Review of Loveless by Alice Oseman

Read: 13th July 2020 – 16th July 2020

Rating: ⭐⭐⭐⭐⭐

Spoilers in review: No

I livetweeted my reading of this book, which you can find here!

Loveless is an aroace discovery/coming out story set during main character Georgia’s first year of university, and I loved it.

This book is incredibly important. People who are aromantic and/or asexual will benefit greatly from reading this because it will let them know that they aren’t alone, that there’s nothing wrong with them, and that romantic relationships aren’t vital to leading a fulfilling life. People who aren’t aromantic and/or asexual will benefit greatly from reading this because it will help them to understand that their experiences aren’t universal, and that also even if you do experience these forms of attraction, that doesn’t mean that you should feel like you have to force yourself into doing things that you don’t want to do or aren’t ready for.

This book also shows that difference people react to stress in different ways, that self-sabotage can come in many different forms, and even something that you ‘enjoy’ doing can become unhealthy and damaging if done for the wrong reasons. Having sex with a different guy every night is all well and good if that’s what you genuinely want to be doing, but if you’re just trying to pretend you aren’t lonely then you’re seriously not doing yourself any favours.

I would’ve loved to have this book during my first year of uni, and I knew plenty of people in high school and I know plenty of people in university now who would benefit from reading this book.

Now that the serious part is out of the way, I’m going to get a little more subjective, and I’m going to do this by sharing some of my thoughts on the main characters.

Georgia: I love her !! I’m aro-spec ace myself, and I related so much to a lot of what she said and what she was going through. Also, like Georgia, I realised that I was ace during my first year of university, when I was suddenly confronted with people who are having sex on the regular, and honestly a lot of the things she said felt like they could have come out of my own brain. Not everything she said, but a lot of it. She cares so much about her friends and wants them to have the entire world and we love to see it!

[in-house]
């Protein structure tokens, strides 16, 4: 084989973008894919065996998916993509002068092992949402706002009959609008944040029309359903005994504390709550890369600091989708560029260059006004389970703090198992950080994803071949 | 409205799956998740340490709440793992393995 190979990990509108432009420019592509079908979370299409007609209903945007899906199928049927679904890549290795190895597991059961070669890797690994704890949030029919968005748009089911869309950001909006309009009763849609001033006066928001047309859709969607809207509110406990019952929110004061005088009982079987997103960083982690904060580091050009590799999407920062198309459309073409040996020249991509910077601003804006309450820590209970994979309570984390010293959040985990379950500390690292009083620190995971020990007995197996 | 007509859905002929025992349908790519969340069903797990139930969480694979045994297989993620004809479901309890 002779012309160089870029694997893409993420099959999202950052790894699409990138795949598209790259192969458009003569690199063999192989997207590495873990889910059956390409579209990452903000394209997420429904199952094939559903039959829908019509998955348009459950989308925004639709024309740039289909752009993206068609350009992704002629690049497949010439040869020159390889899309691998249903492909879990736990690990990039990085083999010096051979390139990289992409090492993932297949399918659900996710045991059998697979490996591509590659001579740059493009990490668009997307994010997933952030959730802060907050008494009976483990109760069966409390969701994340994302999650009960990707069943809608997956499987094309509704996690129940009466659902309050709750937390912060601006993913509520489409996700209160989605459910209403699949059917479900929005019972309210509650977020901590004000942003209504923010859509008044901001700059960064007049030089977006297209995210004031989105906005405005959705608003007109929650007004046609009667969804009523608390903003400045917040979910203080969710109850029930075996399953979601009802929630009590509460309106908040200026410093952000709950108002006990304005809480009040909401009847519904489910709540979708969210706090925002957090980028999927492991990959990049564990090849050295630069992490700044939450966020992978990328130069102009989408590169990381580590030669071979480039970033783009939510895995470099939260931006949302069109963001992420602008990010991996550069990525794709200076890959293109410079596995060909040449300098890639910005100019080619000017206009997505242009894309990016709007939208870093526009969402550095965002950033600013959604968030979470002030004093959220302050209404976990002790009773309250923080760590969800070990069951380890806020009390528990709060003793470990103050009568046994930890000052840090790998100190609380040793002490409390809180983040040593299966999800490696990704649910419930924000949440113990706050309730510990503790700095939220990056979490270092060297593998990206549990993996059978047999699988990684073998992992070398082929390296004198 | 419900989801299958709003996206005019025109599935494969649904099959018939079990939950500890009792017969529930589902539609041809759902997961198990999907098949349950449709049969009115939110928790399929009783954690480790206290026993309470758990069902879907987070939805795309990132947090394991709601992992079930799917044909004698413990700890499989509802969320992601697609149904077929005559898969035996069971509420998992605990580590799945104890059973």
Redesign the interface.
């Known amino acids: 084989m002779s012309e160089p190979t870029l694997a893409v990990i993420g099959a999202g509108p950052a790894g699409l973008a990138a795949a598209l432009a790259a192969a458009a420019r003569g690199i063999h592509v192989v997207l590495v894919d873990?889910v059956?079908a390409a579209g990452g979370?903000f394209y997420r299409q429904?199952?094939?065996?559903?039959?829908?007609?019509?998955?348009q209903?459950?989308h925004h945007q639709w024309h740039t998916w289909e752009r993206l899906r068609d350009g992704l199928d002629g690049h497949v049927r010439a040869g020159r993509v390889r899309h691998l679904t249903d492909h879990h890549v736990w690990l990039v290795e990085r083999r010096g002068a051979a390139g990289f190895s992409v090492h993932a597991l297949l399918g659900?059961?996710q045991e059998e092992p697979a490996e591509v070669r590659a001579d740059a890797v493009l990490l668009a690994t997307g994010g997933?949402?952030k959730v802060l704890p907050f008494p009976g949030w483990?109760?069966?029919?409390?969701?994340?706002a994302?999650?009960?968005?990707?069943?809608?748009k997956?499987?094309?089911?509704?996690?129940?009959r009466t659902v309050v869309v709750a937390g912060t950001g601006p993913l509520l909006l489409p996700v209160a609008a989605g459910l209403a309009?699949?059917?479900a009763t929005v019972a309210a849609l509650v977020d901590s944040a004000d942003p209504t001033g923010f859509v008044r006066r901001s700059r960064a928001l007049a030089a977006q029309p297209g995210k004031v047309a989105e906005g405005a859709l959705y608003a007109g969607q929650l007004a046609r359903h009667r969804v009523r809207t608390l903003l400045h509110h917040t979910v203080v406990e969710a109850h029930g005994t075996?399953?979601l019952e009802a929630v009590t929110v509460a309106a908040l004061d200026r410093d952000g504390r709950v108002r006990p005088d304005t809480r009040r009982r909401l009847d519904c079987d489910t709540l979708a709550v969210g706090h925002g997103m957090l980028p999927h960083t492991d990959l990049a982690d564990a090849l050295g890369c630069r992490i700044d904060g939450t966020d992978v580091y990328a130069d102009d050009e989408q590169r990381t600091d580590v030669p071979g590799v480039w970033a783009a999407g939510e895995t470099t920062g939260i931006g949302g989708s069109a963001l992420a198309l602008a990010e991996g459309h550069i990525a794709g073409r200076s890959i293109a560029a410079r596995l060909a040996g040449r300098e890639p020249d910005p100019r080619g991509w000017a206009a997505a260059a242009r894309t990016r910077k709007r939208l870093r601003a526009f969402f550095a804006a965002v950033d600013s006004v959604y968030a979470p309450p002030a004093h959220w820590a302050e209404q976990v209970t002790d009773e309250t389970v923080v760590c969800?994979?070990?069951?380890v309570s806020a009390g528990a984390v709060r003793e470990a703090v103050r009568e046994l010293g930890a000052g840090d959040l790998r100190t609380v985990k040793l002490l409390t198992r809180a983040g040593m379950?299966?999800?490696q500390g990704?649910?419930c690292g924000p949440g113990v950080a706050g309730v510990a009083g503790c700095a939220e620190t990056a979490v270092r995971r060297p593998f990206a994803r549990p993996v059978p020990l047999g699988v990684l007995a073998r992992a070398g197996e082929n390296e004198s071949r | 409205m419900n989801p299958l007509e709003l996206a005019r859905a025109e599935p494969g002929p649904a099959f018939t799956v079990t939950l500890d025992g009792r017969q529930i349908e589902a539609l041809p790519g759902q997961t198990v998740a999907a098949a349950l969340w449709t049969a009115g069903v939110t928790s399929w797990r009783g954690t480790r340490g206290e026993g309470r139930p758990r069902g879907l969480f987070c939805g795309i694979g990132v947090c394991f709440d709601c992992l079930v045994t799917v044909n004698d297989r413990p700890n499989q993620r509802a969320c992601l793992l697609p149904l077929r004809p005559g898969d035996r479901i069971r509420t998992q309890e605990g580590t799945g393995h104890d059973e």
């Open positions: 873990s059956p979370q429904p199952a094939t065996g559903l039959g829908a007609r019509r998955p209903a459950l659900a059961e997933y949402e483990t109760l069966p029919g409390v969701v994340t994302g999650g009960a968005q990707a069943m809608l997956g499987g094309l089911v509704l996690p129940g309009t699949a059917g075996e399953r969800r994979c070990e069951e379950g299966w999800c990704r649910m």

Rooney: Driven, extroverted, and an expert at self-destruction. I felt so much for Rooney while I was reading. She was trying so hard to be a bubbly manic pixie dream girl, but it just made her feel awful. She’s Georgia’s opposite in every way, something that the characters themselves notice, and so I didn’t really relate to her very much, but I know people who are just like her, and I think that a lot of people could benefit from seeing her growth. Also her reaction to seeing her crush at a certain point, which you’ll know if you’ve read it, was hysterical and I loved it!

Pip: A Latina lesbian who is secure in her identity and unapologetic about who she is! I didn’t always agree with her actions, but I understood why she made the choices she did, and at the end of the day she’s someone who feels her emotions deeply and cares about her friends. Also her way of texting sounded exactly like one of my friends which was more than a little spooky.

Jason: A total sweetheart! He’s a great friend to the rest of the group, which I adored! He’s also really into Scooby Doo, especially the original live actions, and he’s Right. Those movies are excellent and anyone who says otherwise doesn’t know what fun is.

Sunil: Probably my favourite character in the whole book! Sunil is asexual, non-binary, and the president of the Pride Society. Which, same on all counts, I am also all three of these things. He works hard to make sure that Pride Soc is accessible and inclusive for everyone who wants a place there (exclusionists are the Worst and it made me so happy to see them explicity portrayed as being wrong). They also have a tendency to overshare, which he’s self aware of and they would often call himself out on it, but I found it endearing. He also talked about how he’d used to struggle with queer spaces being mostly white, which is definitely a big issue with queer spaces in reality that as a community we need to work on. Every time that Sunil appeared on-page I found myself wanting to give them a huge hug, and I’m really glad that a character like them was in this book.

Springboarding off what I’ve said about Sunil, the portrayal of the Pride Soc made me very emotional, because Oseman captured exactly what makes it so special. Pride Socs, and queer spaces in general, allow queer people to exist and socialise without any of the fear that could be following them around elsewhere. They get to spend time with people who get it, who understand, and that’s vital for many people. I made my friends at uni through Pride, and I’m currently the president of Pride for my university. I’m running online events all through the summer, and we’ve had feedback saying that keeping running through all this has really helped people’s mental health and made them feel less alone while they’re stuck at home in potentially unsupportive households. This is a tangent and I’m doing a Sunil, but basically yeah Oseman got this completely right!

Also yes I 100% agree that Much Ado About Nothing is one of the best, if not the best, Shakespeare plays. I love that show so much, it’s so great.

I put off writing this review because I knew it would get long lmao and look I was right. To sum up, this book is amazing, I loved it, and I recommend it to everyone because everyone can learn something from it.

Review originally written in 2020, prior to this blog’s creation

Goodreads | Amazon UK | Waterstones | Hive

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